The sink and mirror weren’t anything special. However, they did have air freshener and wet wipes readily available. Thus, the features of the lavatory weren’t that special, but the space and layout were positives.
I saved this for last on purpose. The bed is…not a bed. This flight was marketed as “lie-flat” and it absolutely wasn’t.
Look at this picture. That’s not even 45º. This was the limit of how far I could recline my seat. Lest you think I just had a “bad seat”, we tested the seats in row 5 and also observed other people in the cabin. No one was completely flat like a bed.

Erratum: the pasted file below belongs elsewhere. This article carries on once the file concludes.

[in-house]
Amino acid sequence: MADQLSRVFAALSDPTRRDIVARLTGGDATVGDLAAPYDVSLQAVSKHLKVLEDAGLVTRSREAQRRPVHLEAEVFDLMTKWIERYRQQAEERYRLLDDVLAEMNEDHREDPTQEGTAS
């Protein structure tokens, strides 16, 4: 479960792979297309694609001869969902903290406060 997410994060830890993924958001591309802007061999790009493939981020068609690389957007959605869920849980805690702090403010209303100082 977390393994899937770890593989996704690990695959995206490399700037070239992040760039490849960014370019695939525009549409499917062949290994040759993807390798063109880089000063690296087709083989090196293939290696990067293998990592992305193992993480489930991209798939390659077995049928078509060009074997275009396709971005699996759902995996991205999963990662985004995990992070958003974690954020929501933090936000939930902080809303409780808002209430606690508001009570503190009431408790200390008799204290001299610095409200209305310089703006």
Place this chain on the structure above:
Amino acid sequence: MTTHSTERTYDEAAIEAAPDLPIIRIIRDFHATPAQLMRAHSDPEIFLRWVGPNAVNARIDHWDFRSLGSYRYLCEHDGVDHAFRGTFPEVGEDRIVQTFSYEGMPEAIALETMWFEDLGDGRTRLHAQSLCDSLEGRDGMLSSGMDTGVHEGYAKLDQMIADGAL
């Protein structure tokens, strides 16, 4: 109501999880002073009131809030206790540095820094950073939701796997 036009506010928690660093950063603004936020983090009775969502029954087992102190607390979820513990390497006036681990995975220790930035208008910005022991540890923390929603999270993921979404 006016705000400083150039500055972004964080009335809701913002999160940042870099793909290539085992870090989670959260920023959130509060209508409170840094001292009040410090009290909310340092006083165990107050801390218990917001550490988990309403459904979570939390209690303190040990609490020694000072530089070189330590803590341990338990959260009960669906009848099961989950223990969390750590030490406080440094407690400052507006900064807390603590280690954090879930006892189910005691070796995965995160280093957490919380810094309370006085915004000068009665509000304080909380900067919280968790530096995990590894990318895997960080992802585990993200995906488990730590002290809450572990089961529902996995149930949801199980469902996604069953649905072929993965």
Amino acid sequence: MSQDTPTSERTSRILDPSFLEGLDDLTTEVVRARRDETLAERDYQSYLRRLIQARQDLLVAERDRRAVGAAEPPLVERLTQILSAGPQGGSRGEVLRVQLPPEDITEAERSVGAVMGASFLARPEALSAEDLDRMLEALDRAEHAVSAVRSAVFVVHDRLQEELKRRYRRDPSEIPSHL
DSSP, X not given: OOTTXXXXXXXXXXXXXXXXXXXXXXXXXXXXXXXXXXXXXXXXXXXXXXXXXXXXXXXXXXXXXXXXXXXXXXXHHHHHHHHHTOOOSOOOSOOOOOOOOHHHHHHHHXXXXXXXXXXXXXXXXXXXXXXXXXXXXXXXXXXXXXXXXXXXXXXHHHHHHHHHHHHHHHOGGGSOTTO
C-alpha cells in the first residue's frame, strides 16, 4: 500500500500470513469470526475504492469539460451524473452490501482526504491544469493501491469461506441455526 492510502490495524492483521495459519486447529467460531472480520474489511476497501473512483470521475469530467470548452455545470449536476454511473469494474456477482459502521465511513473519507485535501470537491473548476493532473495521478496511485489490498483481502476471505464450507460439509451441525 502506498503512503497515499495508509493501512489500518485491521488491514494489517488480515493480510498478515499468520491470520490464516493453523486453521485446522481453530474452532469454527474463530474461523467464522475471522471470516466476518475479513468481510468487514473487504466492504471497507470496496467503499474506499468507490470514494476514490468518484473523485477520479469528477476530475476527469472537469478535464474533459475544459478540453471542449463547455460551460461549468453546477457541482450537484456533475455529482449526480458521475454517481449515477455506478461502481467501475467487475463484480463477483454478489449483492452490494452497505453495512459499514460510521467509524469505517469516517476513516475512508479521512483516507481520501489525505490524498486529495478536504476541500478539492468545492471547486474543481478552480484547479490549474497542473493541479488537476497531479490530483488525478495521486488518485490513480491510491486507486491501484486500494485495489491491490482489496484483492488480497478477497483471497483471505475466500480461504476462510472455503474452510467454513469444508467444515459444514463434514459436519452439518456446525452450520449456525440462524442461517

What’s the deal here? I’ve seen other reviews (like this one) that show the bed completely flat. From checking several websites, I found that my flight on January 7, 2022 used a retrofitted plane that is 19 years old. Is that the issue? Do new planes have more space and the seats actually “fit”? I’m speculating. The interior was very new and matches reviews of “new” products, but the plane itself is obviously older.
Maybe there’s less space front to back, but they jammed in the same number of seats. Thus, the seats are too close together to actually go flat. Speculation and giving the benefit of the doubt. However, they should NOT market this flat as “lie-flat business class” because it’s entirely deceptive.
It was not comfortable trying to sleep in this position, and I just put the seat back up to normal and skipped my plan for a nap.
Since I planned to work on the flight (and worked more than planned, due to not having the expected bed), I hopped on the in-flight wifi.